According to Warner Bros., the movie was up 38 percent over director Baz Luhrman's Australia across the same territories; if that holds up for the remainder of its run, Gatsby would ultimately wind up with well over $200 million.
Worldwide sensation Iron Man 3 extended its phenomenal run with $40.2 million this weekend. To date, its earned $736.2 million overseas, which ranks ninth all-time. It also ranks ninth on the worldwide chart with $1.07 billion, and by the end of next weekend it should pass Transformers: Dark of the Moon ($1.12 billion) to claim fifth all-time. Its biggest market by-far is China with $109.5 million, though South Korea has also been particularly impressive ($61.1 million).
Coinciding with its domestic debut, Star Trek Into Darkness expanded to around half of its foreign potential and added $40 million. It's only major new market was Russia, where its $8 million opening was double the total gross of the first movie. On average, Into Darkness tripled the last movie's debut across its 34 new markets. Still, including last weekend's territories its only trending up 80 percent over its predecessor, which earned a terrible $128 million in 2009. To date, Into Darkness has grossed $80.5 million overseas.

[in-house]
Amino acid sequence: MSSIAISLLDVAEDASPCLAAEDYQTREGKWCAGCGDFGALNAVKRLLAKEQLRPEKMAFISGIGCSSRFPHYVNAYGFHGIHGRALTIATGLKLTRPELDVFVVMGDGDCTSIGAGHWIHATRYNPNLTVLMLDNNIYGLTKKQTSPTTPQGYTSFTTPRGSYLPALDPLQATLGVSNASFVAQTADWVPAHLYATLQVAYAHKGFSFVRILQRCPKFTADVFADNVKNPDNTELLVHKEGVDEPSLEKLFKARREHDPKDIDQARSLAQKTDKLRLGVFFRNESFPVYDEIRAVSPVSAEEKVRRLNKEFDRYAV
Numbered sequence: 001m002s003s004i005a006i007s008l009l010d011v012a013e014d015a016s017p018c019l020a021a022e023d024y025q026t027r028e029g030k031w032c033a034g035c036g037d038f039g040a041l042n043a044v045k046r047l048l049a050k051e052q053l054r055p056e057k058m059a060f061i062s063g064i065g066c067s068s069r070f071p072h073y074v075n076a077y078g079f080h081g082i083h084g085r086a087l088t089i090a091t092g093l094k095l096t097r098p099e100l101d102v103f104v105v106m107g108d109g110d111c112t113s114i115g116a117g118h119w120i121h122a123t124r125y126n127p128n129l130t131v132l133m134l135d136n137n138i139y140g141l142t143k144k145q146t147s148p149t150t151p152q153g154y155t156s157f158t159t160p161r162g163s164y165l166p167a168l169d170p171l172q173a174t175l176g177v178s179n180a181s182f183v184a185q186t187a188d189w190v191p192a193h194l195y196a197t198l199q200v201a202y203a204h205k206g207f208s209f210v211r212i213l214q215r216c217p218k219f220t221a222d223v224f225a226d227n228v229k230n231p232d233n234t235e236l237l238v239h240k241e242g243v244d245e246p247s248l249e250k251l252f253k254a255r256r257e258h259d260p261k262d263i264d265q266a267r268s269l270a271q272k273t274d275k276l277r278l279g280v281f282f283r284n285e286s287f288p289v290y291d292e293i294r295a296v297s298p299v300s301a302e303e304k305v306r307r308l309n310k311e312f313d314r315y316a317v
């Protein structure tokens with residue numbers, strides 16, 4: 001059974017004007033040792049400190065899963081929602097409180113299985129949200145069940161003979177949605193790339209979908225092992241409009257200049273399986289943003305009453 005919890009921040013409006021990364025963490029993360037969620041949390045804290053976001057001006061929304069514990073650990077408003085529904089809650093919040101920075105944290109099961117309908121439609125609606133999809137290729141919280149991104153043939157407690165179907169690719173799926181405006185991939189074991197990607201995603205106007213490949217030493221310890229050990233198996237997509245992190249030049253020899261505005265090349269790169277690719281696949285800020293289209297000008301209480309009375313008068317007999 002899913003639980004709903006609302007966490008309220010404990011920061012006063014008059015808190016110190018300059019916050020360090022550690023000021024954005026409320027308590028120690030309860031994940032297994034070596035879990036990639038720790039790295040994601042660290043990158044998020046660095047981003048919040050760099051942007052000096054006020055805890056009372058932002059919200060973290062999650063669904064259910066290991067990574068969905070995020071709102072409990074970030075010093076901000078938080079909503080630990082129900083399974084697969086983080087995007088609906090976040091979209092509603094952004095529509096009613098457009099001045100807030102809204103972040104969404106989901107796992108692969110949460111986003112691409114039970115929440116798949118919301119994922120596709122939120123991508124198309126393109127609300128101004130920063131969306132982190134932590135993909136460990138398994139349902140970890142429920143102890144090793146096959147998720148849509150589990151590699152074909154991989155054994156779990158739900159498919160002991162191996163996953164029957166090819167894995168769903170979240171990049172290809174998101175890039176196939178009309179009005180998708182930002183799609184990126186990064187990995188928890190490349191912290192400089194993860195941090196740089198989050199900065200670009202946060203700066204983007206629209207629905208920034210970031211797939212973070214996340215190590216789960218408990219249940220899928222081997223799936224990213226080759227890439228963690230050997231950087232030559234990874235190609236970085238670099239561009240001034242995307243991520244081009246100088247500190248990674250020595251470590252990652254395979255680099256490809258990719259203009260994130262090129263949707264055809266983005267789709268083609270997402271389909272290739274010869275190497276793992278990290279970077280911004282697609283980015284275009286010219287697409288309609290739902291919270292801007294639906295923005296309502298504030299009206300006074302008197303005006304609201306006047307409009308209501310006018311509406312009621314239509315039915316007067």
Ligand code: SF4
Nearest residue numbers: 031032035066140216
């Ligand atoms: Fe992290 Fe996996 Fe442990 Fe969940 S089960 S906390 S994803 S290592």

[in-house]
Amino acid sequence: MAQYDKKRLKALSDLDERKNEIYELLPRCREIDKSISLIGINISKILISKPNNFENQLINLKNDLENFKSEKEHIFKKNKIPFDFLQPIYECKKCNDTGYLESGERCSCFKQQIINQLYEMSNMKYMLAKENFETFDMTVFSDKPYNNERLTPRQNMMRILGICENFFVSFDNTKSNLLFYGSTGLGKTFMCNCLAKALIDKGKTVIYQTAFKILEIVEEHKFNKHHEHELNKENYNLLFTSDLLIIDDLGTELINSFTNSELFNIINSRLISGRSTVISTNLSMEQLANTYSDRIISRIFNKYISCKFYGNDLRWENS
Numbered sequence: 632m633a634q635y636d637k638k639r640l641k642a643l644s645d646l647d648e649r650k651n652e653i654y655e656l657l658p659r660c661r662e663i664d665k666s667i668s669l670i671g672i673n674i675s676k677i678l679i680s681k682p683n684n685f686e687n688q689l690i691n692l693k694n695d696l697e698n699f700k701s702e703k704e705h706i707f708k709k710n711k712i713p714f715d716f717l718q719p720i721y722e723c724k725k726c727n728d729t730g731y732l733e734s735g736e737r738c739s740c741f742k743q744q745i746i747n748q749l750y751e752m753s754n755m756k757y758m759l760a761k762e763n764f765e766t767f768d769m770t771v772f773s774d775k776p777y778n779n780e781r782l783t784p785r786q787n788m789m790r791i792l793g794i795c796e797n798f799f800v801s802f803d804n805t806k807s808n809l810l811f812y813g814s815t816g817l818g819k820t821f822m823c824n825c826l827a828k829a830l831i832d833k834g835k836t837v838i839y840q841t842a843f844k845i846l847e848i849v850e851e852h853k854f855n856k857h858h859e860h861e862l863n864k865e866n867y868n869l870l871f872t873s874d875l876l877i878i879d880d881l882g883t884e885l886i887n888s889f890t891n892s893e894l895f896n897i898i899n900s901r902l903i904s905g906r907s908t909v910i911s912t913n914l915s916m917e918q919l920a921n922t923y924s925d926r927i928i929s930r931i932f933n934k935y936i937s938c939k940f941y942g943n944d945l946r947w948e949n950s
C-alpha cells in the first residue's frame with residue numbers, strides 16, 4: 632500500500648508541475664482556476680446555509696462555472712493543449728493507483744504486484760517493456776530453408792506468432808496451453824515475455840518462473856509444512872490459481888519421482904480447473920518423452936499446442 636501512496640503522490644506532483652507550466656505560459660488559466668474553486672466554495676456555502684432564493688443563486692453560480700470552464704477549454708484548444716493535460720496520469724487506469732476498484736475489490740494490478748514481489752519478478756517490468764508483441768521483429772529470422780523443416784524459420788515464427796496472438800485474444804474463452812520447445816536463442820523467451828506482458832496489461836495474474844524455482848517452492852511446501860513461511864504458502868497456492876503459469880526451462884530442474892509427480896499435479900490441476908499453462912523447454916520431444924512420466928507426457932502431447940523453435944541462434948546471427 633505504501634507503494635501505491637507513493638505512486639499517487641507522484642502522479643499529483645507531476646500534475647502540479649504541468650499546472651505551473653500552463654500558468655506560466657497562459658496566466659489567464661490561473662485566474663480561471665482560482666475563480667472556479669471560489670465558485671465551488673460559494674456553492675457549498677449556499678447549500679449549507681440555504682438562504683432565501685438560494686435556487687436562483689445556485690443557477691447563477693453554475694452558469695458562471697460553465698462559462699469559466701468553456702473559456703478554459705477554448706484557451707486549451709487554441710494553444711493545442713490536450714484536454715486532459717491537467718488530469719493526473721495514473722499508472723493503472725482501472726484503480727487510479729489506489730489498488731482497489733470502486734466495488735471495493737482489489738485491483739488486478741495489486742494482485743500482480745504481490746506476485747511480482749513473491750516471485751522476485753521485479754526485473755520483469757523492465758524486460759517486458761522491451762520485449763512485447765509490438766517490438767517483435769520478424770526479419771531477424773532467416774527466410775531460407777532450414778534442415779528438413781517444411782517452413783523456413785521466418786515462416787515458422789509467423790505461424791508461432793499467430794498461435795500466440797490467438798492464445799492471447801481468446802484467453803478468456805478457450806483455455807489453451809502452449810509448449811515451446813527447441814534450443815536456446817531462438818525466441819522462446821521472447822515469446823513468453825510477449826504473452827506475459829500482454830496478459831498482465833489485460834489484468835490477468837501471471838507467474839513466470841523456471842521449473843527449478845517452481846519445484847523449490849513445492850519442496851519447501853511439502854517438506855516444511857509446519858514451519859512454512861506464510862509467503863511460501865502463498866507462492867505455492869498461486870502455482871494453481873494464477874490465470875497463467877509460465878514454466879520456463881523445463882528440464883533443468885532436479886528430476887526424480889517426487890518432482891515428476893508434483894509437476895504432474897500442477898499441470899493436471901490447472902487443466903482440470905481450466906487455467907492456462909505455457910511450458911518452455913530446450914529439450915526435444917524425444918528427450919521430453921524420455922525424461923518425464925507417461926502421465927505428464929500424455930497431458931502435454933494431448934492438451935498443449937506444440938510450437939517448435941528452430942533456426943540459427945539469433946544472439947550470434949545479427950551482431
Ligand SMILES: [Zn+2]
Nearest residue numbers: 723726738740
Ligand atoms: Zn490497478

As usual, two of next weekend's U.S. releases opened early overseas. Blue Sky Animation's Epic earned $14.1 million from 15 markets including Mexico ($3.5 million), Brazil ($2.5 million) and Germany ($2.3 million). These are fine figures, but still suggest that the movie will wind up being an average animated effort ($200-$250 million overseas).
Meanwhile, Fast & Furious 6 opened to an excellent $13.8 million in the U.K.—that's the highest debut ever there for Universal Pictures. Fast 6 adds most of its other markets (including, of course, the U.S.) next weekend, and seems well positioned to ultimately earn at least as much as its predecessor ($626 million worldwide).
Finally, The Croods continued its outstanding foreign run with an estimated $10.6 million haul this weekend. To date, its earned $373.3 million overseas for a worldwide total of $550 million, which is a very high figure for an original animated effort.
Editor's Note: Due to travel schedules, editorial coverage will be suspended for the remainder of the month. Coverage will resume with the "Weekend Report" on Sunday, June 2. Discuss this story with fellow Box Office Mojo fans on Facebook. On Twitter, follow us at @boxofficemojo, and follow author Ray Subers at @raysubers.